“Stocks are cheap.” You hear it time and time again. Now you’re hearing it from me. But one thing I want to make very clear before you read this article is that stocks can be cheap, and still not go up in value.
The reality is that even when things are cheap, it doesn’t mean they’ll be worth more in the future. However, now more than ever, it’s easy to say that stocks are indeed cheap—even if they remain cheap for a very long time.
Basics of Business Valuation
You have to understand business valuation to see why stocks are cheaper than ever. Let’s run through some very basic financial ratios and models so that we can do a high-level analysis:
- Shareholder’s equity – Shareholders equity is equal to the assets of a company, minus liabilities. If a firm has $500 million in assets—property, plants, land, cash, for example—and $300 million in liabilities, then shareholders have equity worth $200 million.
- Return on Equity – Return on equity is a very basic financial ratio. To calculate the return on equity, you simply take the net income of a particular company, then divide it by shareholder’s equity. A company that posts earnings of $50 million against shareholder’s equity of $200 million would then have a return on equity (ROE) of 25%. $50 million divided by $200 million equals .25, or 25%.
- Price to Book – The price to book ratio is the value of the company’s current stock price divided by the amount of assets less intangible assets. Thus, a company with a per-share price of $40, and net assets of $20 per share would have a price to book ratio of 2:1.
Business Valuation Mathematics
Let’s do some quick and dirty valuations for the largest 500 securities on the stock market—the total S&P500 index.
I pulled the following data from spdr.com, the ETF issuer for the popular S&P500 ETF SPY:
- Price to book: 1.89
- Return on Equity: 27.59%
This tells us a lot about the S&P500 index as a whole:
- Price to book indicates that if you were to buy the SPY ETF (all 500 stocks in the SP500 index) you’d pay just under two times the value of the assets. For example, if the average company is worth $50 billion, then it has $25 billion more assets than it has liabilities.
- Return on Equity – Return on equity tells us that for every $1 in book value, the S&P 500 index generates 27.6 cents in profits.
Let’s do some math
Return on equity and price to book are very much related. Price to book is a measure of the share price to net assets, much like return on equity is a ratio of profit to book value.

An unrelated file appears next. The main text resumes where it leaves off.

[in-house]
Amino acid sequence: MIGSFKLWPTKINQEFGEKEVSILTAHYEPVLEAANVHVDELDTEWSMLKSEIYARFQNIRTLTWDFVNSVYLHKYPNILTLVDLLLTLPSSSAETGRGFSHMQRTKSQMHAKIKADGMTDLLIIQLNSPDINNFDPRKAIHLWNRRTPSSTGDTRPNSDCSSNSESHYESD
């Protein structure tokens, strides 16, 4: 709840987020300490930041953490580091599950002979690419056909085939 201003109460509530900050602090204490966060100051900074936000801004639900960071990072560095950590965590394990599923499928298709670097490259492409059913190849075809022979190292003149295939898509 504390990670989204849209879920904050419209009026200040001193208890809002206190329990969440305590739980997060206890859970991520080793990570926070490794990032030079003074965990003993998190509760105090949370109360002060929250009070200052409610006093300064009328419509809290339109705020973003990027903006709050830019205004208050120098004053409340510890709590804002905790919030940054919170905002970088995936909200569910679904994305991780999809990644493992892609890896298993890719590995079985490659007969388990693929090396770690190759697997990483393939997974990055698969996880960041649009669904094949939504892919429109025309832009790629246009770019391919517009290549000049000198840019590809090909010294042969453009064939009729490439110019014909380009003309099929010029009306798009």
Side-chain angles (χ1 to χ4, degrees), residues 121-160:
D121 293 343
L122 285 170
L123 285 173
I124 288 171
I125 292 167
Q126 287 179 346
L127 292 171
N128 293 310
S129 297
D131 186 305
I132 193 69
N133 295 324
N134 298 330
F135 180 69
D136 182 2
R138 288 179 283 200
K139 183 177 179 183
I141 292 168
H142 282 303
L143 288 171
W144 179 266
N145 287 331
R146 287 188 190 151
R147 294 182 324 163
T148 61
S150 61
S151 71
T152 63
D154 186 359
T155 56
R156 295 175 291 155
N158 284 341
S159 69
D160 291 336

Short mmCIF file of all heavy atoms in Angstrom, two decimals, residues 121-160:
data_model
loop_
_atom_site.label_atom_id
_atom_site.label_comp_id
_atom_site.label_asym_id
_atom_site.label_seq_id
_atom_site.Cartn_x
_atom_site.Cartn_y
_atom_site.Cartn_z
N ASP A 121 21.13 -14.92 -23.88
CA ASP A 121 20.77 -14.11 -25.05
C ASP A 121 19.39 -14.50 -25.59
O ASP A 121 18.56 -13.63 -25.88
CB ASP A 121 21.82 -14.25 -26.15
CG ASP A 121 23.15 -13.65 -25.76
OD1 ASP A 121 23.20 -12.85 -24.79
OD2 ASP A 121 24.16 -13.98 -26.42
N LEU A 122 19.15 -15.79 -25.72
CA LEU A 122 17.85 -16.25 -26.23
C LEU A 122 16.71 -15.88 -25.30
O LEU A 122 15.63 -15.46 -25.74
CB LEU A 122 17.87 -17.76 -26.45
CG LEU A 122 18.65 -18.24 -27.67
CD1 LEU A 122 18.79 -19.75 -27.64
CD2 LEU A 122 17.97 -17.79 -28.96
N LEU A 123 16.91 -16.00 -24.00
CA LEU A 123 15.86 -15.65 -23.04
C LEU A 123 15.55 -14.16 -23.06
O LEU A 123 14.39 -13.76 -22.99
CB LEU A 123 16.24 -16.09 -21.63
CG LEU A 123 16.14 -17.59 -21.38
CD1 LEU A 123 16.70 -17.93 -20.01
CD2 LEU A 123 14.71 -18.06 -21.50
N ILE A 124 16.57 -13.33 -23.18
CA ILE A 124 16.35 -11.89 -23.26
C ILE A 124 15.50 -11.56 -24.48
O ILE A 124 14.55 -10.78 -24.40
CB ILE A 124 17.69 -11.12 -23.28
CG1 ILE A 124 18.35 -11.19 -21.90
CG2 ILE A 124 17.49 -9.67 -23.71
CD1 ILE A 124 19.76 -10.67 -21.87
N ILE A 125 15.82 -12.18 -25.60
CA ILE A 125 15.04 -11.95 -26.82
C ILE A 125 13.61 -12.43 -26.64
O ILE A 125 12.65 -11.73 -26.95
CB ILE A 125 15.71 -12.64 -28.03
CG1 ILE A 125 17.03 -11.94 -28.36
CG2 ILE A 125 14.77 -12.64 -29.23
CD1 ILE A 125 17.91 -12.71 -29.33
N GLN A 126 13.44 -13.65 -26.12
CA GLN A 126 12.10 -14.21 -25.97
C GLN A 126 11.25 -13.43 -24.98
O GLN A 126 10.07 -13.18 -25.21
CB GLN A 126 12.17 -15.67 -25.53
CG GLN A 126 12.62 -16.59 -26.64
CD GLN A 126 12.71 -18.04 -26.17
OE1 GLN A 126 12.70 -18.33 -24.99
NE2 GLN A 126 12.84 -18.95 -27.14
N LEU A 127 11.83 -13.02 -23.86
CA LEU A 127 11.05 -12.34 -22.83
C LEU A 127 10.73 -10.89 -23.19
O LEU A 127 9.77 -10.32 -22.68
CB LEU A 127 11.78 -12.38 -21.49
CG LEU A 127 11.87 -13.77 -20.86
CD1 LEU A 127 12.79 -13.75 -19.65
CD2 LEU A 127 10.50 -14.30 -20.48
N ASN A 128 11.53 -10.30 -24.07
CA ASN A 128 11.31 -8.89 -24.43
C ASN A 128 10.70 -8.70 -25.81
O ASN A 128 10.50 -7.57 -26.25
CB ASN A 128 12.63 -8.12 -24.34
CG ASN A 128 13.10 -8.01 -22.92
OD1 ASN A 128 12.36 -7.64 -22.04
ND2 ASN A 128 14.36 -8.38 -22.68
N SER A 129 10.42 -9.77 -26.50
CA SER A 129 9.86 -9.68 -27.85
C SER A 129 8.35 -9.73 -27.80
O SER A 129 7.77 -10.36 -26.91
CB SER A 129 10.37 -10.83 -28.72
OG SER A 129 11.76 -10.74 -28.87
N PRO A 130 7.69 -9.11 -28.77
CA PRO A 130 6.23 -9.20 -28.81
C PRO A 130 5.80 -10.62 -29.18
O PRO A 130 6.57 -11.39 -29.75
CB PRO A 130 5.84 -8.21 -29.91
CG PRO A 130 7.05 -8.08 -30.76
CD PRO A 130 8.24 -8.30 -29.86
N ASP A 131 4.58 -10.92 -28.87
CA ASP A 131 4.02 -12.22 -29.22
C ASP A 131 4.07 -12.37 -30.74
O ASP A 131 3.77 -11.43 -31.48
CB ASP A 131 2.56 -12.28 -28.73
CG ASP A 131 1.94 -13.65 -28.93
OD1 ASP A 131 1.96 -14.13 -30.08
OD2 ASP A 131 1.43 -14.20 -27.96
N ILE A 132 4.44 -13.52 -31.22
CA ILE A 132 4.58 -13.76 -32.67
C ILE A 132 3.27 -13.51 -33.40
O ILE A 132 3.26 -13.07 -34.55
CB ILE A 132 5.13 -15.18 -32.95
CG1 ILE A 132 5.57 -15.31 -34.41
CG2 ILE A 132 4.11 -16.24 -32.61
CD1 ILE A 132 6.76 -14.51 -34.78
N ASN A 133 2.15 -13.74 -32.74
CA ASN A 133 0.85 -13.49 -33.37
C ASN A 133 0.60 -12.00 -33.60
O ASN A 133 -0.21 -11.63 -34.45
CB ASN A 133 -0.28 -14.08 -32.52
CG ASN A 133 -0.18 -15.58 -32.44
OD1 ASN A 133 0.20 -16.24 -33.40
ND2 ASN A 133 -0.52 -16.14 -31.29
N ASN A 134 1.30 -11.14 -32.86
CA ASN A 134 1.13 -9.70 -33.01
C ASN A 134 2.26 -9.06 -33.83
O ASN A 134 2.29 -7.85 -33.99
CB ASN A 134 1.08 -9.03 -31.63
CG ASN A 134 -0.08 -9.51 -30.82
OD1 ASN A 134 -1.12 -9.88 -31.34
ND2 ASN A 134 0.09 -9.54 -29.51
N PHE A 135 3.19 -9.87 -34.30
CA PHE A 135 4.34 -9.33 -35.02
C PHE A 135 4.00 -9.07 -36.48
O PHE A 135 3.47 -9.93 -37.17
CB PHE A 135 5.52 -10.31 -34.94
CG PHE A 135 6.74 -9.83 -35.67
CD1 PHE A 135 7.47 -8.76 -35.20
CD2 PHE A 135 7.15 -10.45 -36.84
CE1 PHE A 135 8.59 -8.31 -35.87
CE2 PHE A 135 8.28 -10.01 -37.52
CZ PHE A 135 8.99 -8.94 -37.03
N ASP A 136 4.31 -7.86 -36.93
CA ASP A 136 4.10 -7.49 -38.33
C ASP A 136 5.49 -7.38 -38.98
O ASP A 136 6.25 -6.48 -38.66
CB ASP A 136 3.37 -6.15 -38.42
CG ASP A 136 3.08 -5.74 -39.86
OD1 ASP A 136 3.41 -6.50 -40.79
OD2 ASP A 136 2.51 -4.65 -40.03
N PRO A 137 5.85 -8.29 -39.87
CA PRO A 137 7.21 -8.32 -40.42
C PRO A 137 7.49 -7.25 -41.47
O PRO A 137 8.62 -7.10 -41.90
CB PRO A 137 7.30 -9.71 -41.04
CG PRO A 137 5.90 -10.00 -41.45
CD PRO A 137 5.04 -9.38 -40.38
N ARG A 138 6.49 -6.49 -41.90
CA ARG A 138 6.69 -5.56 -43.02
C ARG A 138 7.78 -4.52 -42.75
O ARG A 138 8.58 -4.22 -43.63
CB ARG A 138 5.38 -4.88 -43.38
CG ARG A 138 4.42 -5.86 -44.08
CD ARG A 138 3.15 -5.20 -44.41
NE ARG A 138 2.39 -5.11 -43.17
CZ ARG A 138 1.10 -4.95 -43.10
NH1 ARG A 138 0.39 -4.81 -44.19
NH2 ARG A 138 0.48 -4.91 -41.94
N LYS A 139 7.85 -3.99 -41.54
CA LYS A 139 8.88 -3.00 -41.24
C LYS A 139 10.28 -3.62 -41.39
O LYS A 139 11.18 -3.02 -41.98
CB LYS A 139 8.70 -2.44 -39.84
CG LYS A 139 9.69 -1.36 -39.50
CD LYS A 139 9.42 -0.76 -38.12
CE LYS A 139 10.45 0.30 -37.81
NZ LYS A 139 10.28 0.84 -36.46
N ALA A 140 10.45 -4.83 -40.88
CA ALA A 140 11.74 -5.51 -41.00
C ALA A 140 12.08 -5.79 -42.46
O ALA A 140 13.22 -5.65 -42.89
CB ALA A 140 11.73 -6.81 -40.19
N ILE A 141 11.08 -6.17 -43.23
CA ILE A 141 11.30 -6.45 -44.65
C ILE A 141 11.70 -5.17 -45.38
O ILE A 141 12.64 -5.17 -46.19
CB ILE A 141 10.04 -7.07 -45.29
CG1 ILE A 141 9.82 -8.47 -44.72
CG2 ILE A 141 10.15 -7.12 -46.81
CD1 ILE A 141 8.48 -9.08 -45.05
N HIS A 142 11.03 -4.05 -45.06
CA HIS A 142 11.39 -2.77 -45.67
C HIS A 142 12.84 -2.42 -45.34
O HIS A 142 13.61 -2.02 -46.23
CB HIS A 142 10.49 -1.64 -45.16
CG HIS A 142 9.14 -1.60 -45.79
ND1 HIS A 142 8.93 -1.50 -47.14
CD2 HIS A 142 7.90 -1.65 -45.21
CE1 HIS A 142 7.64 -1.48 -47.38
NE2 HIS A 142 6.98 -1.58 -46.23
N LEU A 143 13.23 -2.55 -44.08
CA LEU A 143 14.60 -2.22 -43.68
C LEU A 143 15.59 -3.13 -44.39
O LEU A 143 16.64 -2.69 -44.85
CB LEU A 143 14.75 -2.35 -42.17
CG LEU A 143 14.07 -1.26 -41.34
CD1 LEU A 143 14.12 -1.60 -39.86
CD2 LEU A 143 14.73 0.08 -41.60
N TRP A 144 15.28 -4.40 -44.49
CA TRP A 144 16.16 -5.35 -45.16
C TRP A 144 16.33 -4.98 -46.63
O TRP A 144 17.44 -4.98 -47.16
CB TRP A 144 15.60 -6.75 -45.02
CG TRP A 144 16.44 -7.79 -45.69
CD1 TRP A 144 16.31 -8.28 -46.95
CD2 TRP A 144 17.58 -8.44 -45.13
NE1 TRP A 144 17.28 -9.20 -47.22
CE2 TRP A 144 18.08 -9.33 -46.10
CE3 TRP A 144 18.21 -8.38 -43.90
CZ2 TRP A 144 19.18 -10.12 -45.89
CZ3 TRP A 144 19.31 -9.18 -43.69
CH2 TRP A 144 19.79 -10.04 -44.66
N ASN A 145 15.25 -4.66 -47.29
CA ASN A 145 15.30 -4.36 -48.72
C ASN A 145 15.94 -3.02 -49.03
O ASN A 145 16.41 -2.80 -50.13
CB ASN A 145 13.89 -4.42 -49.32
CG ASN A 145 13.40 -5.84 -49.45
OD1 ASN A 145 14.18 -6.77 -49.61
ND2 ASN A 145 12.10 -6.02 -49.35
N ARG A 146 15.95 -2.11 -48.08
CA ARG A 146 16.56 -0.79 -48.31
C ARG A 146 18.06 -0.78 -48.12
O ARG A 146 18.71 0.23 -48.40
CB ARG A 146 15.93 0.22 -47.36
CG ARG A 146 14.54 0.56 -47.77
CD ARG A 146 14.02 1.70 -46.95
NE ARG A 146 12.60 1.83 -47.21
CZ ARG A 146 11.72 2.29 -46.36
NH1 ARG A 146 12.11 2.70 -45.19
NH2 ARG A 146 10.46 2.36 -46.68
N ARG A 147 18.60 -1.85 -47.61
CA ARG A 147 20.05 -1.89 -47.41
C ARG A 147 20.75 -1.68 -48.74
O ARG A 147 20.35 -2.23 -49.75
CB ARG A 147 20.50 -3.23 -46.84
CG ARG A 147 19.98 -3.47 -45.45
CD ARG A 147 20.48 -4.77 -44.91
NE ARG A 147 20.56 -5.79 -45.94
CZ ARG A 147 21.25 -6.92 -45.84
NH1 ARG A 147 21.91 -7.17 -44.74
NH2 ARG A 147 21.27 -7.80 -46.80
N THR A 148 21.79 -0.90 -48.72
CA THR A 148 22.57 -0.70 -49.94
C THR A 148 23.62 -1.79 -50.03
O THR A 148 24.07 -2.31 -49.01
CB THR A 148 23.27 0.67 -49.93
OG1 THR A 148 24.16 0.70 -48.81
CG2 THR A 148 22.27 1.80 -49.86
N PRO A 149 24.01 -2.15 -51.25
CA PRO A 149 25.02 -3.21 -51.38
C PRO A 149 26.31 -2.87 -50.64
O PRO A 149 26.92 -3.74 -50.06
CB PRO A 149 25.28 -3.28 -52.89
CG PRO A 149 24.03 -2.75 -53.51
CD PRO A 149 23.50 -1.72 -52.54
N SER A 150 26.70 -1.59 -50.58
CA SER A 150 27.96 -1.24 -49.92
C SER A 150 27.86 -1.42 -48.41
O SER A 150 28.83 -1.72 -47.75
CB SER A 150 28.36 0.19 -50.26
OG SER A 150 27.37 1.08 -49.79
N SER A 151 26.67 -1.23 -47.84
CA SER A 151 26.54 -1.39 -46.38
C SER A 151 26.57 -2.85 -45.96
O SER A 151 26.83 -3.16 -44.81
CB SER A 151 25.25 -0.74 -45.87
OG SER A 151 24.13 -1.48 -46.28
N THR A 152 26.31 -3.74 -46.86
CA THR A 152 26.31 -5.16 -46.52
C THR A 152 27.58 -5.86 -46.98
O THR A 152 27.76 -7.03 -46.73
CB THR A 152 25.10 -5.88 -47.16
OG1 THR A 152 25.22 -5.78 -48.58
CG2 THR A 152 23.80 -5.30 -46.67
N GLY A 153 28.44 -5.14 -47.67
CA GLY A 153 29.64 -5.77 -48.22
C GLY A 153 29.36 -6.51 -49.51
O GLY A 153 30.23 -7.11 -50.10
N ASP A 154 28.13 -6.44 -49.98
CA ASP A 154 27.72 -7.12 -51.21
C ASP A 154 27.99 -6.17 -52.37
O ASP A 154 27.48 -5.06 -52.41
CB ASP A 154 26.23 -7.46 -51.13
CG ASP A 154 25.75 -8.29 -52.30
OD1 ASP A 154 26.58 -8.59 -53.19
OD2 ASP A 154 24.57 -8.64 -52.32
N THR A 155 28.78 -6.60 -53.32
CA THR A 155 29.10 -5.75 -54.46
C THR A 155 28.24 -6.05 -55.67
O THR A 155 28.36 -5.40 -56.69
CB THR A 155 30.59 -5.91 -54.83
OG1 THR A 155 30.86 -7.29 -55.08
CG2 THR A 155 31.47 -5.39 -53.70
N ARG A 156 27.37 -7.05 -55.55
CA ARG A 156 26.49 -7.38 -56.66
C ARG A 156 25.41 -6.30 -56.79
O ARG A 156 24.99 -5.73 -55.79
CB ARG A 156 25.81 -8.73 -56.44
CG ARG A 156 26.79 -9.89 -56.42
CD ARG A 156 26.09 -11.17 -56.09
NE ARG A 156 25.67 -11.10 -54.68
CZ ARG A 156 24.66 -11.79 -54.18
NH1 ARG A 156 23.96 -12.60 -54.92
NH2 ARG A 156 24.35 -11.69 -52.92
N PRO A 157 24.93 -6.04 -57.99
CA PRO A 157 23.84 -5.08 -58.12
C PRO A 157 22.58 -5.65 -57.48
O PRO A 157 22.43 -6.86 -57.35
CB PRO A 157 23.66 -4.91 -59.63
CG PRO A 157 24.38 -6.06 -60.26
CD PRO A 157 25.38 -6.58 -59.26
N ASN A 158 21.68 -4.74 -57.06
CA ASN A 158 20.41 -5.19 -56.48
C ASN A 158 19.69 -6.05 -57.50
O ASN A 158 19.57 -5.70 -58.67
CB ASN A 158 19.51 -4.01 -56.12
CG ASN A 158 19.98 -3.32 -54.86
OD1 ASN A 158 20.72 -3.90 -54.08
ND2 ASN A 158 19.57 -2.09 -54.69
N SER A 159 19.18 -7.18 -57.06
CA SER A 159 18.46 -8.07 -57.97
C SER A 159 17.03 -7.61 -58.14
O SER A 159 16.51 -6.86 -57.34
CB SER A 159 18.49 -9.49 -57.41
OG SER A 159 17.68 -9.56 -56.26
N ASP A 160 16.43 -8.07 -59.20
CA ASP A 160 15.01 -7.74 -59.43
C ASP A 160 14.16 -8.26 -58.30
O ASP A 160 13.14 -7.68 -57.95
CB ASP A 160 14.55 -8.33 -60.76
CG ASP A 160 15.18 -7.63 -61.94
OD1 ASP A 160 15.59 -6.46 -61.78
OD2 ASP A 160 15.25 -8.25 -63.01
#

Thus, if we take the return on equity of 27.59% and divide it by the price to book of 1.9, we find a return of 14.2%.
We can also see that we have plenty of so-called “margin of safety.” Since we’re paying only 1.9 times the net assets of each firm, our companies have a breakup value of roughly half of every dollar we put in. Think of it like your first car. Mine was a piece of junk, but it couldn’t lose a lot of value, or any, for that matter. I could have always parted it for roughly the same value. You can part the 500 companies in the S&P500 index for half their total market cap.
Stocks go up, down, and all over the place in between the events that actually matter: buyouts. In a buyout, a company has to pay a fair market price for the company, not the stock, which is why you have buyouts that come in so grossly over the current stock price.
Let’s say you’re a S&P500 component and you want to buy another S&500 component. You can borrow money for 10 years for only 4%. Now, reference back to our ROE/P/B ratio and you’ll soon realize that the spread between corporate borrowing costs and returns in a buyout are spectacular! If you can borrow money at 4% to invest in a company that generates 14.2% returns, then you’re doing really, really, well.
Companies are cheap
Without going too heavy into this, or making things so simple that I join the leagues of Dave Ramsey, companies are cheap. Price to book ratios at 1.9 means that the S&P500 index at 1146 is essentially $603 worth of assets, and $543 worth of “company premium.” (I made that term up.)
With a return on equity of 27%, and p/b ratios at 1.9, any dollar invested into the S&P500 index today nets you $.142 per year in earnings. In buying out a company at the current share price, you’d be rolling in profits.
As for now, it’s just a waiting game. Seeing as most investors don’t have the kind of cash to finance a purchase of one of the largest publicly-traded companies in the US, investors will have to wait for cash to trickle down in the form of dividends, or, in the best case scenario, a buyout.
Even still, I like the numbers. Stocks are cheap.